Tag Archives: Thailand brown snake

Brown Whip Snake – Dryophiops rubescens – Not Dangerous

Keel-bellied whip snake, Dryophiops rubescens. Thailand.

Here is a whip snake that was a bit of a mystery for a while, my first one was finally identified by an American expat snake researcher in Bangkok – Michael Cota in 2007.

This snake is found in Southern Thailand. We’ve found some in Krabi province of Thailand. There were a couple found in the southernmost provinces – near Narathiwat – near the Malaysian border.

Dryophiops rubescens (Keel-bellied Whip Snake)

Also known as: Red Whip Snake, Brown Whip Snake, Keel bellied whip snake, keel bellied vine snake.

Length: As long as 1 meter (3+ feet)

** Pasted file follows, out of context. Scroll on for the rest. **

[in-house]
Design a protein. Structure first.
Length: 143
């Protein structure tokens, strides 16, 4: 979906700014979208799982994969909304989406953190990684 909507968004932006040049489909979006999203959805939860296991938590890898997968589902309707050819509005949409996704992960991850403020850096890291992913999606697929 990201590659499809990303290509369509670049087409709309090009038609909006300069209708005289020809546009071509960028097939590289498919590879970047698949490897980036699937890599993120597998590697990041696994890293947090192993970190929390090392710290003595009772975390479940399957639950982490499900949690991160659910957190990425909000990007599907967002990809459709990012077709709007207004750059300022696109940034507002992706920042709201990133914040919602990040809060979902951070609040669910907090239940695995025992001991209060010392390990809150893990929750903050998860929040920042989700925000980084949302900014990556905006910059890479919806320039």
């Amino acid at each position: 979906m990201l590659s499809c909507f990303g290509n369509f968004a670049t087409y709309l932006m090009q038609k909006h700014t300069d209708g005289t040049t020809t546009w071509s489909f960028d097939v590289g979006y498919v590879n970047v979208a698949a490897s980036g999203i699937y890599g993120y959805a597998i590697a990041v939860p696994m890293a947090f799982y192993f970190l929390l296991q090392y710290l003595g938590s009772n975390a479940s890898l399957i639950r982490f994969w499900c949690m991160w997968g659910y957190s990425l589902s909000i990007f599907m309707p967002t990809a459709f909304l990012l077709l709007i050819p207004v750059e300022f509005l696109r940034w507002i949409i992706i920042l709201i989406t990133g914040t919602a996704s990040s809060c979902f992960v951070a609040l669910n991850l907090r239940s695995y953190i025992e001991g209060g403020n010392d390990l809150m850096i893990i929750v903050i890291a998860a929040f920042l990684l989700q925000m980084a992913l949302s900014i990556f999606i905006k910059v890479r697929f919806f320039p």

Description: The head of this snake is browner than any other part of the body. Keep in mind there are red and brown varieties. The head is elongated and has a ridge between the eye and snout. Pupils are set horizontally. The body of the snake is slender – ideal for climbing through vines and light growth.

Dryophiops rubescens - Brown-Whip-Snake - Krabi, Thailand
Dryophiops rubescens – Brown Whip Snake. Rear fanged. Not dangerous to humans. Relatively rare.

The snake is measured in grams, not exceeding 300 grams for the largest of them. Scales on top of the body are smooth. The underside scales are keeled and are excellent for climbing. The whip snake I caught yesterday was able to climb up a smooth plastic water jug and grip it tightly. I was quite surprised. The head is brown, the neck and the first half of the body is silver/grey and mottled with some black and dark grey. The belly is pale yellow under the head and neck, and toward the tail gets a coloration very similar to the top – heavily mottled and darker brown moving posteriorly. These snakes are thinner than my smallest finger.